Paris, Zurich and Frankfurt airports said they had suffered problems with computer systems, but they had been quickly resolved. Amadeus didn't elaborate on what the problem was, but the fact that one software provider could take down the check-in systems of hundreds of airlines shows how vulnerable the worldwide air travel system is to IT problems.
And as Reuters reports: "A similar incident occurred in April, when computer issues briefly prevented airlines including Lufthansa and Air France-KLM, from boarding passengers one evening".
"Altea" software which is used by 125 airlines is responsible for the problem.
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The check-in systems of affected airlines at Changi Airport have been restored after experiencing nearly three hours of technical glitch.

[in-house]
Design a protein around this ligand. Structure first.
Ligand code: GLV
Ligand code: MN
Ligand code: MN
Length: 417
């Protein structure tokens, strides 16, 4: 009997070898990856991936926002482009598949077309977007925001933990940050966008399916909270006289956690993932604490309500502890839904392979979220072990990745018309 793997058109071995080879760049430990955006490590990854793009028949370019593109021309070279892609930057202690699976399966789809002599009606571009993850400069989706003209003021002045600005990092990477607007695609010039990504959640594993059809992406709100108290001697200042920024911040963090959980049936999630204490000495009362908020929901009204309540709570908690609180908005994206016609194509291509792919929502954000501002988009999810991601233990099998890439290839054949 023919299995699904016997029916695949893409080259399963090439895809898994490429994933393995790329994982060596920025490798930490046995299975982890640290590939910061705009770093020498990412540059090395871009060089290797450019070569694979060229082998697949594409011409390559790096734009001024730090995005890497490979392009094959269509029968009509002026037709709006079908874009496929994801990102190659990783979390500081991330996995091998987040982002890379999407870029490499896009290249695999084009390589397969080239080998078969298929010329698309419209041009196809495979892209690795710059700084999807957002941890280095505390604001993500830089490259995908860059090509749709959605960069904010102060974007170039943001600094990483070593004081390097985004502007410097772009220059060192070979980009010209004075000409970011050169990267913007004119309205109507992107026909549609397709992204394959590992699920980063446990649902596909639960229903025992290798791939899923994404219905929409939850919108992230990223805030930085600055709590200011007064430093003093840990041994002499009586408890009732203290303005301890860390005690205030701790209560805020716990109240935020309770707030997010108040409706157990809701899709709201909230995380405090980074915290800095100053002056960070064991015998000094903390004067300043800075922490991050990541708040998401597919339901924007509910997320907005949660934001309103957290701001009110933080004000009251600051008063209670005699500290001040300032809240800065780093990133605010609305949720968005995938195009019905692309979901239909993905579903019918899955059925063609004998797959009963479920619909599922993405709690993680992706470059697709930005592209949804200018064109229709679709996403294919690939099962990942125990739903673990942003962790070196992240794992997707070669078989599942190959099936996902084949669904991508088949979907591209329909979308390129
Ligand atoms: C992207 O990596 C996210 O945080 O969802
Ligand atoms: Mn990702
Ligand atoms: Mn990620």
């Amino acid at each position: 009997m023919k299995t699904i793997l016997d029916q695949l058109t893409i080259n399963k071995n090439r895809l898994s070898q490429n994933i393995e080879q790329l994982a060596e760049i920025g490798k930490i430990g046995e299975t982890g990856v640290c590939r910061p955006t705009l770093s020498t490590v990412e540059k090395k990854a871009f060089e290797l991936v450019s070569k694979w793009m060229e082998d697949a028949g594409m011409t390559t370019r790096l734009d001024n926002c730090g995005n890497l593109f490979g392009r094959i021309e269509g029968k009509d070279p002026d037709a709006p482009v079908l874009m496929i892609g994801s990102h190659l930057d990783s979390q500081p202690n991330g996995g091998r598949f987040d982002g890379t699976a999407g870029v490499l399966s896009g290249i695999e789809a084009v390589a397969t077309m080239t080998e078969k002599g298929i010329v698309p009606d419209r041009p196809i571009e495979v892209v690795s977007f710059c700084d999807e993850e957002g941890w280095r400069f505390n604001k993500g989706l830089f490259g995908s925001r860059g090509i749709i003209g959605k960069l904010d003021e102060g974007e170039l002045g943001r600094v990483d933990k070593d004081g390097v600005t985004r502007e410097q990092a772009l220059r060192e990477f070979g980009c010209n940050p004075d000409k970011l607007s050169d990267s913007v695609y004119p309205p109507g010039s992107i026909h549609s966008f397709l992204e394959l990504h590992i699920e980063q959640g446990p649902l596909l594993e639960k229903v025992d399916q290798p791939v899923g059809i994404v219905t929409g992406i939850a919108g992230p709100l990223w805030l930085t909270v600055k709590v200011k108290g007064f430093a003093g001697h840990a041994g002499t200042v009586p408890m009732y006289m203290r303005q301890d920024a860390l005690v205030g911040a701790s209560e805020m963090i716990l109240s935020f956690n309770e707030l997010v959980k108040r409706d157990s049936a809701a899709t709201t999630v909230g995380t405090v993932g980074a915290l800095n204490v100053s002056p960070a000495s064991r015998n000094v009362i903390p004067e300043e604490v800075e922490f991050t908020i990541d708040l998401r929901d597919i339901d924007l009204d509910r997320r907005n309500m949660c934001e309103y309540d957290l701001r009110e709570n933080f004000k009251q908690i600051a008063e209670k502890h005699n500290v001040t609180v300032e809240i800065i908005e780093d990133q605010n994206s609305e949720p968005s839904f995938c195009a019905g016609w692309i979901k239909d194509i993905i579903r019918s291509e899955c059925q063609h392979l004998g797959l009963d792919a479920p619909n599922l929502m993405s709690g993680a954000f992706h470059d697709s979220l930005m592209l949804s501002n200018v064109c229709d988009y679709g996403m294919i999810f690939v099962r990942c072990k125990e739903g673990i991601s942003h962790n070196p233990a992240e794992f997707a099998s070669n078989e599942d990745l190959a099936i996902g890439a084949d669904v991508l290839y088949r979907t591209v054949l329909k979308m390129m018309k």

The extent of the outages varied by airline and airport.
The spokeswoman declined to share further details, merely noting "Amadeus regrets any inconvenience caused to customers".
"Due to a technical issue affecting check-in systems of some airlines, the check-in process may take longer than usual".
Thursday's hiccup comes four months after a power loss and computer crash at IAG SA's British Airways led to the grounding of flights for more than 75,000 passengers. The Spanish travel technology provider confirmed there's a "network issue" causing the disruption but insisted "services are gradually being restored".